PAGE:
The Conversation, on personality profiling using VR

How we discovered that VR can profile your personality

Mark Nazh/Shutterstock
Stephen Fairclough, Liverpool John Moores University

Virtual reality (VR) has the power to take us out of our surroundings and transport us to far-off lands. From a quick round of golf, to fighting monsters or going for a skydive, all of this can be achieved from the comfort of your home.

But it’s not just gamers who love VR and see its potential. VR is used a lot in psychology research to investigate areas such as social anxiety, moral decision-making and emotional responses. And in our new research we used VR to explore how people respond emotionally to a potential threat.

We knew from earlier work that being high up in VR provokes strong feelings of fear and anxiety. So we asked participants to walk across a grid of ice blocks suspended 200 metres above a snowy alpine valley.

We found that as we increased the precariousness of the ice block path, participants’ behaviour became more cautious and considered – as you would expect. But we also found that how people behave in virtual reality can provide clear evidence of their personality. In that we were able to pinpoint participants with a certain personality trait based on the way they behaved in the VR scenario.

While this may be an interesting finding, it obviously raises concerns in terms of people’s data. As technology companies could profile people’s personality via their VR interactions and then use this information to target advertising, for example. And this clearly raises concerns about how data collected through VR platforms can be used.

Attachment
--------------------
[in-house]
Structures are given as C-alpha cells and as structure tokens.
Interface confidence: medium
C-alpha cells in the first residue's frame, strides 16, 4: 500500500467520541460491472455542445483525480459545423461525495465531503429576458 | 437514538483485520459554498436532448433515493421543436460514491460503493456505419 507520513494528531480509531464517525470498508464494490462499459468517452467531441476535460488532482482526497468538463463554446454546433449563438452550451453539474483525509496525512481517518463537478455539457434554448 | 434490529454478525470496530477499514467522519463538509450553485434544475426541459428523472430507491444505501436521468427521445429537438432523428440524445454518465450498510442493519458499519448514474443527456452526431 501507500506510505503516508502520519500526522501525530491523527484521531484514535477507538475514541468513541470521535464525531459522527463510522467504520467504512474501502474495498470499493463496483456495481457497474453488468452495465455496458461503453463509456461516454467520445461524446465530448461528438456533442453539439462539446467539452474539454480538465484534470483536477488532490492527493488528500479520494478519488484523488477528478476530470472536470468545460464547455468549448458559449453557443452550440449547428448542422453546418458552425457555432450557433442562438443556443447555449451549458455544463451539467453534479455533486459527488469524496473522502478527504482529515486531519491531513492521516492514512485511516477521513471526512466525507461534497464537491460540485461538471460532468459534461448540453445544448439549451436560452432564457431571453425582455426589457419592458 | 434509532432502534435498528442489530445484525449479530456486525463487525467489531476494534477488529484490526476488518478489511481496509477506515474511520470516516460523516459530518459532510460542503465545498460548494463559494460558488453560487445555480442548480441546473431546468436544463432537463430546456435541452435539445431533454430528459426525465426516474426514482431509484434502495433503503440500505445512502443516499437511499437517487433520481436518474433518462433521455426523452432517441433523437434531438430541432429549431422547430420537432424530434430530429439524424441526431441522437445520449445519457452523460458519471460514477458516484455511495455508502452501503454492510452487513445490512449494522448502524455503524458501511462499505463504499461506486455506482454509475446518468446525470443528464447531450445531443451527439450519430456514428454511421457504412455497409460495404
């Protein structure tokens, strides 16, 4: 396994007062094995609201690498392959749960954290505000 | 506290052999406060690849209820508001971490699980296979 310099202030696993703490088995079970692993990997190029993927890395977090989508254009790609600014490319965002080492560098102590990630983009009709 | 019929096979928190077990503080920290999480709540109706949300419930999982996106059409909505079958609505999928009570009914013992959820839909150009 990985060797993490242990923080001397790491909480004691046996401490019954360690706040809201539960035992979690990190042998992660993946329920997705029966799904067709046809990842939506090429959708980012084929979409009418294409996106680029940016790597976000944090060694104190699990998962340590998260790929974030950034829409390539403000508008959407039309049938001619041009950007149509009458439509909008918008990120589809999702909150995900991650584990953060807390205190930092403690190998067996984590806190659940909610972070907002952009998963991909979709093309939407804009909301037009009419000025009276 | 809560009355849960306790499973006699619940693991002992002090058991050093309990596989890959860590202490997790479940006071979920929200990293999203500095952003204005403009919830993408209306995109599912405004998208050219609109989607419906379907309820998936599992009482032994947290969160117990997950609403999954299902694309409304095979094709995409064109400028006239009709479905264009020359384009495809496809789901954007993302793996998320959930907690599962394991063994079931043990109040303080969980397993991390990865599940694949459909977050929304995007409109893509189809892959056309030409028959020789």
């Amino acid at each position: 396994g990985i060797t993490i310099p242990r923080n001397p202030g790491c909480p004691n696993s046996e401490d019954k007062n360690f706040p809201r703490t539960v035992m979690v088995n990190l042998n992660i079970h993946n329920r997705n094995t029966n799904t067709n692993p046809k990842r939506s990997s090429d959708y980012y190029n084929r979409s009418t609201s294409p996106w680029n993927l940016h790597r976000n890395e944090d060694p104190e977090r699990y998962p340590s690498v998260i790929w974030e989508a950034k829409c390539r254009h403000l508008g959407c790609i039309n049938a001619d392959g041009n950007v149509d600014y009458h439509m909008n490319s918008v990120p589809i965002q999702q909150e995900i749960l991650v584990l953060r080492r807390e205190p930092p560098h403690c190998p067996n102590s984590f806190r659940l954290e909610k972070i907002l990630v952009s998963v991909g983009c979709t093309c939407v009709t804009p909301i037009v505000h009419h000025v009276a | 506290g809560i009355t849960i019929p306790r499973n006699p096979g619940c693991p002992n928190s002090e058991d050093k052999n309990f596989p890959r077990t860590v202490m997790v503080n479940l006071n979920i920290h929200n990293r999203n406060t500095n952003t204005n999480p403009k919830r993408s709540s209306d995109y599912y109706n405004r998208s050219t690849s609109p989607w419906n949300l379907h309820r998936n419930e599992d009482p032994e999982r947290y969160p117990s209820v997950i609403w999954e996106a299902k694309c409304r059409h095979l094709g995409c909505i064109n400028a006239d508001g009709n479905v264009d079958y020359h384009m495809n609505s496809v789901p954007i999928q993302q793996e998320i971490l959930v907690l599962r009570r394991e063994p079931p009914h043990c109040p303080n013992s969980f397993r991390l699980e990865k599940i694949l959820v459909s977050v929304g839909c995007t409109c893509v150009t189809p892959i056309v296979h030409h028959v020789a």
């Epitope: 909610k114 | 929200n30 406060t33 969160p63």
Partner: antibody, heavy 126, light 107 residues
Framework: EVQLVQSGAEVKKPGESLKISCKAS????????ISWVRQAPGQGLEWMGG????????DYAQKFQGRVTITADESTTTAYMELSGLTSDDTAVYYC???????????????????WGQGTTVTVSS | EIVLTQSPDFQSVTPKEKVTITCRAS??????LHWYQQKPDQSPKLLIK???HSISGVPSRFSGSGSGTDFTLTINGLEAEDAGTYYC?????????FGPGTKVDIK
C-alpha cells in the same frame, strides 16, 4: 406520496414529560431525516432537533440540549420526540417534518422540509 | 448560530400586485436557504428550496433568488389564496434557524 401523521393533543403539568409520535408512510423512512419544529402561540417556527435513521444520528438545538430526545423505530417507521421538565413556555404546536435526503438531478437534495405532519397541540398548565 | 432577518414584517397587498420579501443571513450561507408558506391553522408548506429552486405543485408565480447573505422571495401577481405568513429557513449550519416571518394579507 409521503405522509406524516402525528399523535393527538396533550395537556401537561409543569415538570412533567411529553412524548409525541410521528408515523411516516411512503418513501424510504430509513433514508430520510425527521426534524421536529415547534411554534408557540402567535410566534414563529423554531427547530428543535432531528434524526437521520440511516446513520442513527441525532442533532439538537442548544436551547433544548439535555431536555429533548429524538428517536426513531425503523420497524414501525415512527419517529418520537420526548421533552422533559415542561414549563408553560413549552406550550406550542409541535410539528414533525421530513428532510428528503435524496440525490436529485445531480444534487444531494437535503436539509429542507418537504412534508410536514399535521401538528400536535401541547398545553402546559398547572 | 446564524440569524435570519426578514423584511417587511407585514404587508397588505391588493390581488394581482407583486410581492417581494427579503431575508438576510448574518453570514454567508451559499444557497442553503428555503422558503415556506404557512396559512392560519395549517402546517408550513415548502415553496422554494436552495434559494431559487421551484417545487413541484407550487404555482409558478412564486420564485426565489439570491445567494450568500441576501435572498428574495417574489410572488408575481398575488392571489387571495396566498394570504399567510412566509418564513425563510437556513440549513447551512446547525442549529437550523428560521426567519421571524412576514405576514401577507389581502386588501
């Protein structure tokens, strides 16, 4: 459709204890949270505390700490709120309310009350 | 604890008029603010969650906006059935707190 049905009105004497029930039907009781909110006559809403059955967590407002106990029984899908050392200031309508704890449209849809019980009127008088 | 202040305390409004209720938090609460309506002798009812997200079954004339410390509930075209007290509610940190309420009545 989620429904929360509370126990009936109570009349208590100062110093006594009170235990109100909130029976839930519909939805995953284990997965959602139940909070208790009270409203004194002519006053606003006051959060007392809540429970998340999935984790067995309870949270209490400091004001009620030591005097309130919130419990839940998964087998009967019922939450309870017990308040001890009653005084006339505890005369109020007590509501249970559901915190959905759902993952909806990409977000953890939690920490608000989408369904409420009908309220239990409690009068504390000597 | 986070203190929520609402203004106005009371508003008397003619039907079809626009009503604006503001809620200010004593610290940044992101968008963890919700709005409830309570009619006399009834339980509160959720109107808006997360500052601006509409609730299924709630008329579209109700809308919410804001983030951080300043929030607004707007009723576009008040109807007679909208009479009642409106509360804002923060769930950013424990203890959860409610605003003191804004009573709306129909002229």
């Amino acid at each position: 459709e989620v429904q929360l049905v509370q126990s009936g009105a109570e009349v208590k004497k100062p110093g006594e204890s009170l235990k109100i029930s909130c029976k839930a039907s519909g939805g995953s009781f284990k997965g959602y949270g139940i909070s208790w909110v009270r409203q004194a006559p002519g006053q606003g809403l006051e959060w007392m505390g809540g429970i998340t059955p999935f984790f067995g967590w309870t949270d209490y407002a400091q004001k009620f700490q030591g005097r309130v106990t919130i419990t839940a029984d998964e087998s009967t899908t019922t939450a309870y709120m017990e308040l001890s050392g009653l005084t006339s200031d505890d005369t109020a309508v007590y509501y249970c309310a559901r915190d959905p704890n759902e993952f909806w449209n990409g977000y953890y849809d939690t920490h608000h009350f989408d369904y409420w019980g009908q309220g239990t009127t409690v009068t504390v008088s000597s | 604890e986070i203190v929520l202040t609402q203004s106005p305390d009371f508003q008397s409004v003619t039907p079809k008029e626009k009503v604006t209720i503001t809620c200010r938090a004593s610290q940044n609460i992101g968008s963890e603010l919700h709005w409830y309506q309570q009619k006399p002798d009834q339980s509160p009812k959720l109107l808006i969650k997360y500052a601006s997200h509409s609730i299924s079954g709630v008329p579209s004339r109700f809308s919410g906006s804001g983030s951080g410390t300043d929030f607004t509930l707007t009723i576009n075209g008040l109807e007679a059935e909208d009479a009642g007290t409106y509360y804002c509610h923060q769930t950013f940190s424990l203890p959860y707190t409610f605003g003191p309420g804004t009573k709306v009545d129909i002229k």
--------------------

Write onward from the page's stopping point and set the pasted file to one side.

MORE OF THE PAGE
Virtual fall

As part of our study, we used head-mounted VR displays and handheld controllers, but we also attached sensors to people’s feet. These sensors allowed participants to test out a block before stepping onto it with both feet.

As participants made their way across the ice, some blocks would crack and change colour when participants stepped onto them with one foot or both feet. As the experiment progressed, the number of crack blocks increased.

We also included a few fall blocks. These treacherous blocks were identical to crack blocks until activated with both feet, when they shattered and participants experienced a short but uncomfortable virtual fall.

We found that as we increased the number of crack and fall blocks, participants’ behaviour became more cautious and considered. We saw a lot more testing with one foot to identify and avoid the cracks and more time spent considering the next move.

But this tendency towards risk-averse behaviour was more pronounced for participants with a higher level of a personality trait called neuroticism. People with high neuroticism are more sensitive to negative stimuli and potential threat.

Personality and privacy

We had participants complete a personality scale before performing the study. We specifically looked at neuroticism, as this measures the extent to which each person is likely to experience negative emotions such as anxiety and fear. And we found that participants with higher levels of neuroticism could be identified in our sample based on their behaviour. These people did more testing with one foot and spent longer standing on “safe” solid blocks when the threat was high.